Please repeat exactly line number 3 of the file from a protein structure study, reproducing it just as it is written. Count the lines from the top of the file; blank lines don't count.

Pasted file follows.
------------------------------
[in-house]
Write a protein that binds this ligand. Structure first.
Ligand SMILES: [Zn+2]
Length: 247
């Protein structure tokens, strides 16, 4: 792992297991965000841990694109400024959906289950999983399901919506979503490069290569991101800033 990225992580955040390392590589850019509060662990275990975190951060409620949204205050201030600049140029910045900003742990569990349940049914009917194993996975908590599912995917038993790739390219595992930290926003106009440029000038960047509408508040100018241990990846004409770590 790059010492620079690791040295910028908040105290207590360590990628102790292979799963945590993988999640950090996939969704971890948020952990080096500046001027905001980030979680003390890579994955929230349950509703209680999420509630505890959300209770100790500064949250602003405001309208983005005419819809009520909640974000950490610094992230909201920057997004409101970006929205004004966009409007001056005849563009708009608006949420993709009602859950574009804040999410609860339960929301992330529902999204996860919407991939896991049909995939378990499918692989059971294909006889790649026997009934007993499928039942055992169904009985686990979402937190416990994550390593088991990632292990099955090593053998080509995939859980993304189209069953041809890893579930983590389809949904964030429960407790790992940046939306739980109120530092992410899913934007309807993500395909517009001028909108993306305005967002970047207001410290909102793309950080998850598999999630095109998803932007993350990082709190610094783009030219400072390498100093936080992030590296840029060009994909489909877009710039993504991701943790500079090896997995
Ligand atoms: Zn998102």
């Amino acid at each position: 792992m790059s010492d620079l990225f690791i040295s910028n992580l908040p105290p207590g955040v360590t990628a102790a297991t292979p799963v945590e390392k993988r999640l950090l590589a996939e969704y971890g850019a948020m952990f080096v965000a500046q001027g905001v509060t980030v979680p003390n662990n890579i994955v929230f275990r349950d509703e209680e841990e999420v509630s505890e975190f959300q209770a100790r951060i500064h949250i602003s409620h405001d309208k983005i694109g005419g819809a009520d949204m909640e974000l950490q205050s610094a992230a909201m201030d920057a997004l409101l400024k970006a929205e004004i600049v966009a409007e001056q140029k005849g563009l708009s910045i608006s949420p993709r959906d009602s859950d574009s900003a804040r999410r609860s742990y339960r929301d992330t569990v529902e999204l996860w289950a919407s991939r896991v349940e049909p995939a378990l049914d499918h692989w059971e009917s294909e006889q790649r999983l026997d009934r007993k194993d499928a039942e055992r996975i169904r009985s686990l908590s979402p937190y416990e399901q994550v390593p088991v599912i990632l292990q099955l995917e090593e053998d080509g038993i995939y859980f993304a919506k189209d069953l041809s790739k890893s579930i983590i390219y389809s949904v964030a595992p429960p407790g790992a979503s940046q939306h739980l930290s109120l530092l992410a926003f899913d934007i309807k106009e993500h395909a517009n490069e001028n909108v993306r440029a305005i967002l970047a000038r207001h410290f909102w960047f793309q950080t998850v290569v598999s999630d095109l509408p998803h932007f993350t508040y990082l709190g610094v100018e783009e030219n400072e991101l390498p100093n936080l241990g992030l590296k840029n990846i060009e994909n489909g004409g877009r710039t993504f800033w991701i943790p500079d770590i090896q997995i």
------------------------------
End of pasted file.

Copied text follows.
Ligand SMILES: [Zn+2]